News June 8

Senator Sanders

Obama Defends Surveillance President Barack Obama publicly acknowledged the government's electronic sleuthing on its citizens that he justified as a way to protect Americans from terrorism. His comments on Friday came in response to media reports that detailed the government's secret mass collection of phone and Internet communications. “I don’t accept the excuses from the administration,” Sen. Bernie Sanders said during a radio interview Friday on The Thom Hartmann Program. “We expected better from the Obama people.”

Sanders is ‘Deeply Disappointed’ When Congress renewed the Patriot Act in 2011, Sen. Sanders opposed the measure because he felt the law gave the federal government too much authority to monitor private phone records. Sanders told Vermont Public Radio that he is dismayed that President Obama expanded the surveillance program started by former President George W. Bush. “Am I deeply disappointed that Barack Obama, who among other things taught and studied Constitutional law, believes he has the authority or that it makes good public policy to do this? Am I disappointed? Absolutely.” LINK

NSA Fallout Sen. Sanders voiced concern that the government has overstepped its bounds by tracking phone records and electronic communications for hundreds of millions of people, ABC News reported online. Sanders called for reviewing a controversial section of the Patriot Act, according to The Hill, and said his prior warnings about the Patriot Act “turned out exactly to be true,” according to CNN, The Week and U.S. News and World Report. While the nation must guard against terrorists, Sanders said “we don't have to do it in a way that allows the government to accumulate information on literally tens of millions of innocent Americans,” reported MSNBC, USA Today and Congressional Quarterly. LINK, LINK, LINK, LINK, LINK, LINK, LINK, LINK, LINK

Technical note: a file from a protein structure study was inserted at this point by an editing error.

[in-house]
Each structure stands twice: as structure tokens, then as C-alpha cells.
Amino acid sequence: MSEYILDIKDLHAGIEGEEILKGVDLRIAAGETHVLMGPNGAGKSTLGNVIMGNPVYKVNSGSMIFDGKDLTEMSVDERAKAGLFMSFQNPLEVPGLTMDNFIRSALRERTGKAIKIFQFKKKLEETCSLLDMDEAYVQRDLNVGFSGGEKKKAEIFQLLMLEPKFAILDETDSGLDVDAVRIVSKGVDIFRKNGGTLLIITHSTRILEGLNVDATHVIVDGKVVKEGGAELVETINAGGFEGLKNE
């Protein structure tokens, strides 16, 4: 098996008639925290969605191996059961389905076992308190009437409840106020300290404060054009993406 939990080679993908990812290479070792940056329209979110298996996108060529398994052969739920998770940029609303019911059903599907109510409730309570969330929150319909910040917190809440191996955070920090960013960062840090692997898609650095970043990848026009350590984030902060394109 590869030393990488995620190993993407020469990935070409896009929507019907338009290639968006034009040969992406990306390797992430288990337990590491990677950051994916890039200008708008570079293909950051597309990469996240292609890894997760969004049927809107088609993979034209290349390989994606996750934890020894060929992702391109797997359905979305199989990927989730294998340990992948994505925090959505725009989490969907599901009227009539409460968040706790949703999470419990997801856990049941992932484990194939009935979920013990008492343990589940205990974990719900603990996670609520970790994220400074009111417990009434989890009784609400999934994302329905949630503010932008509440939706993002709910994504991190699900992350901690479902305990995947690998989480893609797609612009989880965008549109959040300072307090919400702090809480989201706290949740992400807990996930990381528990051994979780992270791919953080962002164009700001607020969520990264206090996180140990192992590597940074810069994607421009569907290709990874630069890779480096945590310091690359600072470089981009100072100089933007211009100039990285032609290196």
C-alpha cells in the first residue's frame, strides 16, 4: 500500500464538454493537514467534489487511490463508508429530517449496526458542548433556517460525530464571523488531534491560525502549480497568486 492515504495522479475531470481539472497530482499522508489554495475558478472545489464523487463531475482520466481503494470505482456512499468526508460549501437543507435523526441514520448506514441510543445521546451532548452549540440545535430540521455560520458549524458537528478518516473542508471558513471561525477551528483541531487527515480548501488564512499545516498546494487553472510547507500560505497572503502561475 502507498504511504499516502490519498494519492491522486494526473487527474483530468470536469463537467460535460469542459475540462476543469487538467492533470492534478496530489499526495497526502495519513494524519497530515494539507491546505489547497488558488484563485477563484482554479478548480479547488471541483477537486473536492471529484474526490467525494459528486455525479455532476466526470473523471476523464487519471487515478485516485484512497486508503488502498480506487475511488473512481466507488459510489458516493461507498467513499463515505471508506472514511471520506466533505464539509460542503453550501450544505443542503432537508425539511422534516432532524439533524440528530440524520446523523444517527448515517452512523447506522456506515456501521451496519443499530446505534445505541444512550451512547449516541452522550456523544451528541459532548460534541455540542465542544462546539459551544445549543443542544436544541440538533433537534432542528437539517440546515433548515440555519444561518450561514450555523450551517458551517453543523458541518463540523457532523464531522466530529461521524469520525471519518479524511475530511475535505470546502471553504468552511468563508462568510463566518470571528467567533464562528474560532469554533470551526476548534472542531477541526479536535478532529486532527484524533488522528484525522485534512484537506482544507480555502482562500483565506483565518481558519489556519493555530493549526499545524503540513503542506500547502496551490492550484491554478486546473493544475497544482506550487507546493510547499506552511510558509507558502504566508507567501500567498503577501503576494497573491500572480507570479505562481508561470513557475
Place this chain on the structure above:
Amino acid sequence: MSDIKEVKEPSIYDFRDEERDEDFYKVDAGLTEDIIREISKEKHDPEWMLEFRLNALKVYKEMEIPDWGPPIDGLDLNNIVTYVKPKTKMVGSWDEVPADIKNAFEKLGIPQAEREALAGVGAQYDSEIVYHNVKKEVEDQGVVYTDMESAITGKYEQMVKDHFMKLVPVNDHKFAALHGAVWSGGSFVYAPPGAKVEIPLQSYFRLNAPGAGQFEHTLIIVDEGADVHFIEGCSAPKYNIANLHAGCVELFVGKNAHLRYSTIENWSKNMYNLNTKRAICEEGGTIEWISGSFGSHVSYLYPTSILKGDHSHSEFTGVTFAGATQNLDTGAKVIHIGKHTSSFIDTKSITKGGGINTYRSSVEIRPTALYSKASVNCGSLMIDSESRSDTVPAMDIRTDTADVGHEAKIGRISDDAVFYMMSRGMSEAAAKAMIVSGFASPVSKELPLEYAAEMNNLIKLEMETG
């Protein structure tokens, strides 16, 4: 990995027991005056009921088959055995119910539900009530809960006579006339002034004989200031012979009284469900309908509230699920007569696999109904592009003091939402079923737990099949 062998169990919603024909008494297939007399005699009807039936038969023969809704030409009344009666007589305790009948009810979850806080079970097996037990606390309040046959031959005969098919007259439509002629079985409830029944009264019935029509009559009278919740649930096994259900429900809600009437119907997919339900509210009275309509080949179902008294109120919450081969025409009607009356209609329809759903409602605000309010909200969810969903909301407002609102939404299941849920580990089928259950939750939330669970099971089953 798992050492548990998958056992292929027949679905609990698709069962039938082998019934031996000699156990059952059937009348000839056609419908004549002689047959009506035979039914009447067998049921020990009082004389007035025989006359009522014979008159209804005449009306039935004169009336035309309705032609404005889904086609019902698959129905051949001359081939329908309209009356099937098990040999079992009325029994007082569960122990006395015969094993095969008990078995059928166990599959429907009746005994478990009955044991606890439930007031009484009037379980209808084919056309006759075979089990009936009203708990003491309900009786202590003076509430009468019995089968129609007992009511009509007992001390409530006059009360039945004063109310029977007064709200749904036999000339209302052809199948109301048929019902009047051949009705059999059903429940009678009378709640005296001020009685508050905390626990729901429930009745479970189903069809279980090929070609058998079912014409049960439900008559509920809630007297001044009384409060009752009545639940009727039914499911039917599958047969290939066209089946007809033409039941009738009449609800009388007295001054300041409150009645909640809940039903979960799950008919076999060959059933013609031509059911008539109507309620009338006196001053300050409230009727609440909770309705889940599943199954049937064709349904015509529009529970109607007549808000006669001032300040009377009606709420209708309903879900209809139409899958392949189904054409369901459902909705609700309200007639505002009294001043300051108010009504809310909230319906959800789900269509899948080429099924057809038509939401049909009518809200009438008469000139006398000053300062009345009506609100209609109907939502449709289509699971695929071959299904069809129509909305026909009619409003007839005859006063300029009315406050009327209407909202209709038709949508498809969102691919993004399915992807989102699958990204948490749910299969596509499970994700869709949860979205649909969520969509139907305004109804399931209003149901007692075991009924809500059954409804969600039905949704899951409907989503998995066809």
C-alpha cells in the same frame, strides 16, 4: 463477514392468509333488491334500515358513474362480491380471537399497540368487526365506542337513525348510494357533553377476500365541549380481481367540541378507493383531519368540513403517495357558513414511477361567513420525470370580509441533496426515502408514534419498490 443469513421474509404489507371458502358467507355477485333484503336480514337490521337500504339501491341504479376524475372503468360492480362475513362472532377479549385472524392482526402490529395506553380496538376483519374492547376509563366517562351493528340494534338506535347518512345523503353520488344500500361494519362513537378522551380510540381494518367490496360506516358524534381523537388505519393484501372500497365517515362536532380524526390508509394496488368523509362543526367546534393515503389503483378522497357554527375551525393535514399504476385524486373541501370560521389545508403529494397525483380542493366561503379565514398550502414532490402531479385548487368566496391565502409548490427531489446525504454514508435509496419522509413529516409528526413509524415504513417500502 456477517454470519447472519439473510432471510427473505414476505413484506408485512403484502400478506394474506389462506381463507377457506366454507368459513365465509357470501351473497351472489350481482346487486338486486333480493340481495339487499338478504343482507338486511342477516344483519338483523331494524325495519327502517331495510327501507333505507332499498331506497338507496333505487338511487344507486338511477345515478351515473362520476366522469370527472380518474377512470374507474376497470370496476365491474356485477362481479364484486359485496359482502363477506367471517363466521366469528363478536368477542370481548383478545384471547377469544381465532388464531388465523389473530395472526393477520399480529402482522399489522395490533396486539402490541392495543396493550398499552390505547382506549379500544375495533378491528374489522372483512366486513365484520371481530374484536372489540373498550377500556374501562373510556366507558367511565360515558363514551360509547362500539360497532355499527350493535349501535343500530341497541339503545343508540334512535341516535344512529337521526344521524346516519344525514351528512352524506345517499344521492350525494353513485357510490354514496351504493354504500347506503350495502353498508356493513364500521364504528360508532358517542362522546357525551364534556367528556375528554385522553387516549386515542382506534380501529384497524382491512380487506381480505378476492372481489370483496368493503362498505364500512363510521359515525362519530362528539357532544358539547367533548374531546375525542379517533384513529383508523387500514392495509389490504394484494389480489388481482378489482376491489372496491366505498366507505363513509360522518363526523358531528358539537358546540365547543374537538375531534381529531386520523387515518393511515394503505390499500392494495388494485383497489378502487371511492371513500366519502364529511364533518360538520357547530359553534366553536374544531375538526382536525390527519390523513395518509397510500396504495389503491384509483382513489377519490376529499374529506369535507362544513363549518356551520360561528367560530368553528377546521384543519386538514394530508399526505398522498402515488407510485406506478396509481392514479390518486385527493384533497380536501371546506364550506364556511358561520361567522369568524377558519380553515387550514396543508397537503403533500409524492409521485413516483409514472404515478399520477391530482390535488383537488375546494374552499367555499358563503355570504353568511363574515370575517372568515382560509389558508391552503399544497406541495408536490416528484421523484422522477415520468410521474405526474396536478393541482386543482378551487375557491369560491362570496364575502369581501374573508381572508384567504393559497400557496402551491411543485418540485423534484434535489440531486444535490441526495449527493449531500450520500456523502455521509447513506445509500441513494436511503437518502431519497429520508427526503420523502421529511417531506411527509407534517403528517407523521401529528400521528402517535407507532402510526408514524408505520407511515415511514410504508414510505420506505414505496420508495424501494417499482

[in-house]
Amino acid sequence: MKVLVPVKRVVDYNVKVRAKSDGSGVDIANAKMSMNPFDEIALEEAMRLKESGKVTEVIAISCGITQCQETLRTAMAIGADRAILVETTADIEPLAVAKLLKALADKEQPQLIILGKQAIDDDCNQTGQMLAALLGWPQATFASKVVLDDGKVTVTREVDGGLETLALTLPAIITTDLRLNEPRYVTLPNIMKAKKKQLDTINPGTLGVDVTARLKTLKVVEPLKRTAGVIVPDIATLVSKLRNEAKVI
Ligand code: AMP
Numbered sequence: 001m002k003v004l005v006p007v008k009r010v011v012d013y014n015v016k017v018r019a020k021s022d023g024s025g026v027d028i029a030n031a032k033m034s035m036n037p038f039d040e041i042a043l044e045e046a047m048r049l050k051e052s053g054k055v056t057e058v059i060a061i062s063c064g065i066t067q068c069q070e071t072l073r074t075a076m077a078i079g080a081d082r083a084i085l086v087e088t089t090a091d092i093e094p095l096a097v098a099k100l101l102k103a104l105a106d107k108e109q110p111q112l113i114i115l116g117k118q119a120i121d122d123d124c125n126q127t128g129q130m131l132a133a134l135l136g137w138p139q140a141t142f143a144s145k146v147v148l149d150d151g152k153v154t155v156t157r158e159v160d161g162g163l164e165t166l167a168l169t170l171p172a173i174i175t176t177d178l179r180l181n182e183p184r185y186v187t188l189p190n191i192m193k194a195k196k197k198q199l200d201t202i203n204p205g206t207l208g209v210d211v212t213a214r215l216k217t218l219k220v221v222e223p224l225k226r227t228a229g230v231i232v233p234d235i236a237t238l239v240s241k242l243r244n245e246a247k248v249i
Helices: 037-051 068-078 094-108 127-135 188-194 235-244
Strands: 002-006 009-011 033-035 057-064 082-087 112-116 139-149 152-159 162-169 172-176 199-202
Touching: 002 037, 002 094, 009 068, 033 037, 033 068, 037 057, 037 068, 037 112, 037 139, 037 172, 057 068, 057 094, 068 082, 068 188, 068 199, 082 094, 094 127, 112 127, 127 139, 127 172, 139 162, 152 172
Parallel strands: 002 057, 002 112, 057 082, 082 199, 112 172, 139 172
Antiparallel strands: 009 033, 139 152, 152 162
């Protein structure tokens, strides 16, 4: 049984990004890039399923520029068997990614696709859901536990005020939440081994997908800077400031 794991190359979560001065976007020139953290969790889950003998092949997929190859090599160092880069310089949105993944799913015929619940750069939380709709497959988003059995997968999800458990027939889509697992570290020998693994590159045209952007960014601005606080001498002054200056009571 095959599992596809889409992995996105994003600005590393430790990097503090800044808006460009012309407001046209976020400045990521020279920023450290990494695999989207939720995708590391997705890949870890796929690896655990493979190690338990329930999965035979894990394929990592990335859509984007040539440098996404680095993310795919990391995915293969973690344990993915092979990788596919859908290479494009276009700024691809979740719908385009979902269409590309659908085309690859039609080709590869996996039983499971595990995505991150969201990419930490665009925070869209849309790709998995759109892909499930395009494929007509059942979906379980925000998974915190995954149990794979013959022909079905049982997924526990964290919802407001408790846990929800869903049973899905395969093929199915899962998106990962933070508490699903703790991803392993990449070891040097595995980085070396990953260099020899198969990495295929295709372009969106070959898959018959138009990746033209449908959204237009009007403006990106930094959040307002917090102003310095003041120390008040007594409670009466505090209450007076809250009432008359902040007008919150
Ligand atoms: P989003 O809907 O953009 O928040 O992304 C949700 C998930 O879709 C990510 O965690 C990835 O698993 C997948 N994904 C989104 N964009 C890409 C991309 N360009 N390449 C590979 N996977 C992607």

NSA Fallout Overseas In Syria and other conflict zones on Friday, activists and militants with diverse politics expressed collective outrage over American data mining. Taliban fighters and Qaeda operatives found themselves on the same side of a debate as human rights activists, privacy advocates and conservative civil libertarians, according to The New York Times. It said Iran's semiofficial Mehr News Agency quoted Sen. Sanders saying, ''The United States should not be accumulating phone records on tens of millions of innocent Americans.” LINK

Left and Right Political forces from all over the spectrum are uniting in opposition to newly revealed government surveillance programs, reported The Hill. Opposition to these so-called “Big Brother” programs is coming from Sen. Sanders on the left and Rep. Ron Paul on the right. An editorial in the Ventura County (Calif.) Star said “The only real resistance is from two senators who are … ideological oppositesl.” LINK, LINK

George W. Obama During an interview with Sen. Sanders, CNN’s Piers Morgan said Obama’s record on civil liberties may be “worse” than President George W. Bush’s, according to Real Clear Politics and Mediaite. Sanders noted that Bush started the domestic surveillance program. LINK

Cow Parade The Vermont town of Brattleboro is gearing up for its annual Strolling of the Heifers parade at 10 a.m. today. The event draws tens of thousands of people to downtown Brattleboro for the parade of heifer calves to celebrate family farmers and local food. Sen. Sanders will be walking in the parade, according to the Brattleboro Reformer and a page-one item in the Burlington Free Press. LINK